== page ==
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Boosterrific.com: The Complete, Annotated Adventures of Booster Gold
Boosterrific.com: The Complete, Annotated Adventures of Booster Gold

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Showing posts 0-3 of 3 matching: mike decarlo

Monday, September 9, 2019

Even More Commissions by Cort

Art collector Cort returns to share his newest Booster Gold commissions. Click on either of the following images to see them at a larger resolution on imgur.com.

Booster Gold by Mike DeCarlo
Mike DeCarlo

Booster Gold by Val Semeiks
Val Semeiks

You can see more of Cort's Booster Gold sketchbook here. I can't wait to see who he commissions from next!

Comments (0) | Add a Comment | Tags: commissions cort fan art mike decarlo val semeiks

Monday, July 29, 2019

My Favorite Covers: Action Comics 594

It is a truth universally acknowledged that every comic book heroes will inevitably get in a fist fight with every other hero. Such was the case with Booster Gold and Superman early in Booster's career.

Every new super hero in a shared universe needs guest appearances from more famous characters to drive new readers to their title. Hence Superman's appearance in Booster Gold #6 and #7.

© DC Comics
Pencils by Dan Jurgens, Inks by Mike DeCarlo

Not coincidentally, Dan Jurgens took the opportunity of a visit from the established star — in his very first appearance in the newly-merged post-Crisis on Infinite Earths DC Universe continuity — to reveal Booster's less-than-stellar origin tale. The image on the cover correlated well with the shock and disgust that audiences felt discovering that they had been reading the tale of a gambler and a thief. Superman was giving our hero nothing less than what many of us felt he deserved.

But the story doesn't end there.

Because Dan Jurgens was kind enough to accommodate John Byrne's post-Crisis revamp of Superman in the aforementioned issues, Byrne let Booster guest in Action Comics #594. The cover to that might look familiar; turnabout is fair play.

© DC Comics
Pencils by John Byrne, Inks by Keith Williams

Once again, the cover was figuratively true. Booster had been growing into the role of a true hero, and history had been proven to be on his side. The story inside plays on Booster's bad reputation following the earlier story, making the cover reversal doubly sweet.

Aren't these some great covers? As a fan of traditional fine art, I love that the extremely foreshortened poses turn the heroes into grotesques personifying the ugly, violent acts that they are engaged in. As a fan of comic book artists, it's particularly interesting to compare young Jurgens' early take on Superman to Byrne's more iconic character (and also to Jurgens' future interpretation).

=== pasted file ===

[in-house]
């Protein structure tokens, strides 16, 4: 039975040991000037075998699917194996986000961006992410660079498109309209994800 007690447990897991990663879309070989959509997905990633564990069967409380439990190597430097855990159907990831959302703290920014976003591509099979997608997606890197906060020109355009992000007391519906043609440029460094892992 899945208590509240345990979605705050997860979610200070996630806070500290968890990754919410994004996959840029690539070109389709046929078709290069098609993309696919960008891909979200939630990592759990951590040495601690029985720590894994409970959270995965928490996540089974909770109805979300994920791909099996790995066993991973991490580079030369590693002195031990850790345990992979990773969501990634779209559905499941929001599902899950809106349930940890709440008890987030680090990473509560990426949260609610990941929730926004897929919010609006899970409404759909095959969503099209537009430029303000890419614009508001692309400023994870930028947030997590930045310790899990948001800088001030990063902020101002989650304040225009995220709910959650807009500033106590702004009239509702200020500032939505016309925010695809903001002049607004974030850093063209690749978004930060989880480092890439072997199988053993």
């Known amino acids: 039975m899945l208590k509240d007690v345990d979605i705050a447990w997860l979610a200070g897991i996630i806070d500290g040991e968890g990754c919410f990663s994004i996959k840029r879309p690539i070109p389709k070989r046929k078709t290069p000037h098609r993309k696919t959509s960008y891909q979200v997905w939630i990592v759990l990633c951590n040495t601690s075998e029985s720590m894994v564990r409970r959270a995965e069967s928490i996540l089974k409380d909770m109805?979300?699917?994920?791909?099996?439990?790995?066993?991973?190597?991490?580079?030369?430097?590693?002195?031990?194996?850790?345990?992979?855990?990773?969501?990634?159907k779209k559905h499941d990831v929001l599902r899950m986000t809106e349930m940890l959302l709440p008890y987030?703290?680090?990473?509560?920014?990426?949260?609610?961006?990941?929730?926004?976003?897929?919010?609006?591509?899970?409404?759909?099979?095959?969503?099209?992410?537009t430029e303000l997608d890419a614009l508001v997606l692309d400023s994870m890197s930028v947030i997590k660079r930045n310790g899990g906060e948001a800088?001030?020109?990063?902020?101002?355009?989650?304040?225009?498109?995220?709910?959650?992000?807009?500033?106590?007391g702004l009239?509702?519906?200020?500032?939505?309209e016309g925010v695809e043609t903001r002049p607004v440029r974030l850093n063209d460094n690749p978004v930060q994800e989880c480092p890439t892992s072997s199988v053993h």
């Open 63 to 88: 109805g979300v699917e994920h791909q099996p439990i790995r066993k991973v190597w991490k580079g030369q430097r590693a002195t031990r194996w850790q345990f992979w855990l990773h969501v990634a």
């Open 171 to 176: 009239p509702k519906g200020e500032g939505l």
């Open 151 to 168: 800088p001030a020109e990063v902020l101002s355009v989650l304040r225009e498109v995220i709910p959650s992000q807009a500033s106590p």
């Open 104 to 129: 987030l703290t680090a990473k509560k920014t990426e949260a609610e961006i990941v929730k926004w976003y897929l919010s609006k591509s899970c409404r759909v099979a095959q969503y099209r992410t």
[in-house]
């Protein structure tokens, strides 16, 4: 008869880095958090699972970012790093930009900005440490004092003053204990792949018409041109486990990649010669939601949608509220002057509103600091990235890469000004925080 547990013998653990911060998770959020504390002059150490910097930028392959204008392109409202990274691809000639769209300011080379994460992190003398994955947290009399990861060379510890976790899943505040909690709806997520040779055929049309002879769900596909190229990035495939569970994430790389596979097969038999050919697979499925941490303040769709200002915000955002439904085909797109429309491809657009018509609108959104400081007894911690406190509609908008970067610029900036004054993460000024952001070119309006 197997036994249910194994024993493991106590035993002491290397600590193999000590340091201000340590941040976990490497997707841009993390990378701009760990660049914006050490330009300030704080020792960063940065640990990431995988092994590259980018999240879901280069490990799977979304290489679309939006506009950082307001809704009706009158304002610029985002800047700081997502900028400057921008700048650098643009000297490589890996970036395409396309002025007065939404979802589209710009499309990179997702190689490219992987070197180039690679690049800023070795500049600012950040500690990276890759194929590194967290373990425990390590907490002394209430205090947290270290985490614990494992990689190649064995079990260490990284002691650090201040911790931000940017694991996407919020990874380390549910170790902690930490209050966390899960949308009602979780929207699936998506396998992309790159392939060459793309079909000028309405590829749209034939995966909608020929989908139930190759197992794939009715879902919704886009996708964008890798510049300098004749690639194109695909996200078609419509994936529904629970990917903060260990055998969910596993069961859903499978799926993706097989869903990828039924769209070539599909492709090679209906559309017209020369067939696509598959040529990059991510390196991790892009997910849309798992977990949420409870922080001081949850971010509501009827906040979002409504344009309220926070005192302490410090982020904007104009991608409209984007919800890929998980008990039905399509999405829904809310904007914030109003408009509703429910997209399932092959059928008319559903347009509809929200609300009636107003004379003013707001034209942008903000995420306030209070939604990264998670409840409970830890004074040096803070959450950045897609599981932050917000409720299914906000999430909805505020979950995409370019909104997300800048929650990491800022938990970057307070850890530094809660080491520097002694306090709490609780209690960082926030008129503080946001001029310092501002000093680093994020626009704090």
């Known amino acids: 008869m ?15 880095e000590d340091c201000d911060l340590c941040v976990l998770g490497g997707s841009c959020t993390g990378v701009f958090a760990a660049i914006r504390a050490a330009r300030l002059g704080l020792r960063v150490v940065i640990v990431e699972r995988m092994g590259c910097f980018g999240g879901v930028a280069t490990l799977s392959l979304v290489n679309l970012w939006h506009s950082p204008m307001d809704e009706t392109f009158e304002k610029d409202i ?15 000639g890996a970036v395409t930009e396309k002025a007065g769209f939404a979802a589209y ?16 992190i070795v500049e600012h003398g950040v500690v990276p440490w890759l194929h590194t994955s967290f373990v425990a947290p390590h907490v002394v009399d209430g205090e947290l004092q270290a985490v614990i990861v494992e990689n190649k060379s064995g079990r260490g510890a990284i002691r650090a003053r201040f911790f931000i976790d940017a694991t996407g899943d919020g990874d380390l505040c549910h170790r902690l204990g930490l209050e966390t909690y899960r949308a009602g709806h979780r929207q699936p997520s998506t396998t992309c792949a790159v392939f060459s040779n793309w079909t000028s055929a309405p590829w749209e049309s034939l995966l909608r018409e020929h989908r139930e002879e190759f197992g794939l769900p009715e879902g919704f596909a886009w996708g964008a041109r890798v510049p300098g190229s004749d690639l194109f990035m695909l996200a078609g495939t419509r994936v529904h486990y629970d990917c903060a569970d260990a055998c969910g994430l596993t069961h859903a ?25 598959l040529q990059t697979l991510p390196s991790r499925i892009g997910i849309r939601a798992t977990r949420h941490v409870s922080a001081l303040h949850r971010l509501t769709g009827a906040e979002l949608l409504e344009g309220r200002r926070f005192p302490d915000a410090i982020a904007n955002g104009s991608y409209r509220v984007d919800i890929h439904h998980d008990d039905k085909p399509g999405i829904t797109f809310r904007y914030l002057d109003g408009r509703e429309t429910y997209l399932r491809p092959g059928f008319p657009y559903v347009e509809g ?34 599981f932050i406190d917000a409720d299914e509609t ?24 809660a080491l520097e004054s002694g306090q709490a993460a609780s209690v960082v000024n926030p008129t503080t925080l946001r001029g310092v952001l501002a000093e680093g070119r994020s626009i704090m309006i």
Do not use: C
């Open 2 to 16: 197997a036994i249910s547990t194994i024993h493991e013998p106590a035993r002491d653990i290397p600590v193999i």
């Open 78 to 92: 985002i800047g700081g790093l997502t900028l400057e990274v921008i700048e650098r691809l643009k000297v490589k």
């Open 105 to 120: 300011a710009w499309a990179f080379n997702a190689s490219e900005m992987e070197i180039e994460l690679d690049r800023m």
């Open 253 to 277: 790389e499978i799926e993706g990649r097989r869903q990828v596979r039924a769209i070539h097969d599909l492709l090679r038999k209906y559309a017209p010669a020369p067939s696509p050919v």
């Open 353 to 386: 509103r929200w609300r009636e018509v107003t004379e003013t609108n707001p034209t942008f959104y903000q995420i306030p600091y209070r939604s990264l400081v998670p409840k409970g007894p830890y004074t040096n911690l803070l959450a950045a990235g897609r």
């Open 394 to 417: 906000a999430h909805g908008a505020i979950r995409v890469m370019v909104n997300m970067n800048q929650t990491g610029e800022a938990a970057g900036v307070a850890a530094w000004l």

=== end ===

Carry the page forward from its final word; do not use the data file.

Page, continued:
As a fan of comic book super heroes, it's just great to see two heroes going head-to-head.

Comments (3) | Add a Comment | Tags: covers dan jurgens favorite covers john byrne keith williams mike decarlo superman

Friday, September 25, 2015

30 Years of Drawing the Line

As anyone who saw Kevin Smith's Chasing Amy knows, a comic book inker is really just a tracer. But if you look at Showcase Presents Booster Gold, you can see how different "tracers" can influence the final product.

© DC Comics
Booster Gold inked by Mike DeCarlo, Arne Starr, Ty Templeton, Robert Campanella

In addition to creating Booster Gold, Dan Jurgens drew every issue of Booster Gold volume 1. But he worked with many different inkers. Mike DeCarlo inked the book for the first year with several others, including Ty Templeton, finishing the run. This resulted in a variety of different looks for the character.

I wondered how much credit these inkers deserve for honing the visual identity of the character, so I put the question to Jurgens himself.

Booster's overall appearance, starting with the design of his costume, his general look, body language, expressiveness, etc.-- all those thing go into creating a definitive look. Far more so than the particulars of inking. For me, once I had the design I wanted, I think 90% of it was locked in.

Not to take anything away from Mike, who did a fine job, but I was doing fairly detailed pencils. Ty brought a sense of smoothness to the overall look of the book while Mike really gave the metallic portions of the uniform the look it needed. I really think that, like many things in life, each of the guys brought something good and different to the series.

Again-- that isn't to take anything away from anyone who worked on the book-- just a way of saying that far more goes into it than a simple question of who inked which issues.

It takes a village to raise a child, especially a troublesome child like Booster Gold.

The True Story of Booster Gold

Thanks to Dan Jurgens for providing so many nice images for others to trace, and thinks to Mike DeCarlo, Ty Templeton, and others to for turning Jurgens' images into our favorite comics.

Comments (0) | Add a Comment | Tags: artists dan jurgens inkers mike decarlo origins true story ty templeton


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